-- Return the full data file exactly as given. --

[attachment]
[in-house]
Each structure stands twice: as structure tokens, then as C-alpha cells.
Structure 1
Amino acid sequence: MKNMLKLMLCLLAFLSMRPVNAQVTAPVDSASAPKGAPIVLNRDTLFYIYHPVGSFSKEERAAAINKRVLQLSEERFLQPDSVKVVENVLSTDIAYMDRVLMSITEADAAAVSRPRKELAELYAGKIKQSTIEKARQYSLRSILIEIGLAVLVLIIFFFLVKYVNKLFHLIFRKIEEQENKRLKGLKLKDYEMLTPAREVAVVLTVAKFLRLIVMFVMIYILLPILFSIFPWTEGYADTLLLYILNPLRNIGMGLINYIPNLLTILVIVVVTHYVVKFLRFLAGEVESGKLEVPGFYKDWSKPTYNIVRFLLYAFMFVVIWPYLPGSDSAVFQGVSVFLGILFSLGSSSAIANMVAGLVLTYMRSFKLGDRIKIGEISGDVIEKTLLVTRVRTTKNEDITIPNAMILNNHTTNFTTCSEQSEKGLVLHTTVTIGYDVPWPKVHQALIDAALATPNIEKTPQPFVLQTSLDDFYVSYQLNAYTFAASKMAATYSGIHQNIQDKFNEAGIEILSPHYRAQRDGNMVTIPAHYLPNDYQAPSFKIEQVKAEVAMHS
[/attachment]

[in-house]
Each structure stands twice: as structure tokens, then as C-alpha cells.
Structure 1
Amino acid sequence: MKNMLKLMLCLLAFLSMRPVNAQVTAPVDSASAPKGAPIVLNRDTLFYIYHPVGSFSKEERAAAINKRVLQLSEERFLQPDSVKVVENVLSTDIAYMDRVLMSITEADAAAVSRPRKELAELYAGKIKQSTIEKARQYSLRSILIEIGLAVLVLIIFFFLVKYVNKLFHLIFRKIEEQENKRLKGLKLKDYEMLTPAREVAVVLTVAKFLRLIVMFVMIYILLPILFSIFPWTEGYADTLLLYILNPLRNIGMGLINYIPNLLTILVIVVVTHYVVKFLRFLAGEVESGKLEVPGFYKDWSKPTYNIVRFLLYAFMFVVIWPYLPGSDSAVFQGVSVFLGILFSLGSSSAIANMVAGLVLTYMRSFKLGDRIKIGEISGDVIEKTLLVTRVRTTKNEDITIPNAMILNNHTTNFTTCSEQSEKGLVLHTTVTIGYDVPWPKVHQALIDAALATPNIEKTPQPFVLQTSLDDFYVSYQLNAYTFAASKMAATYSGIHQNIQDKFNEAGIEILSPHYRAQRDGNMVTIPAHYLPNDYQAPSFKIEQVKAEVAMHS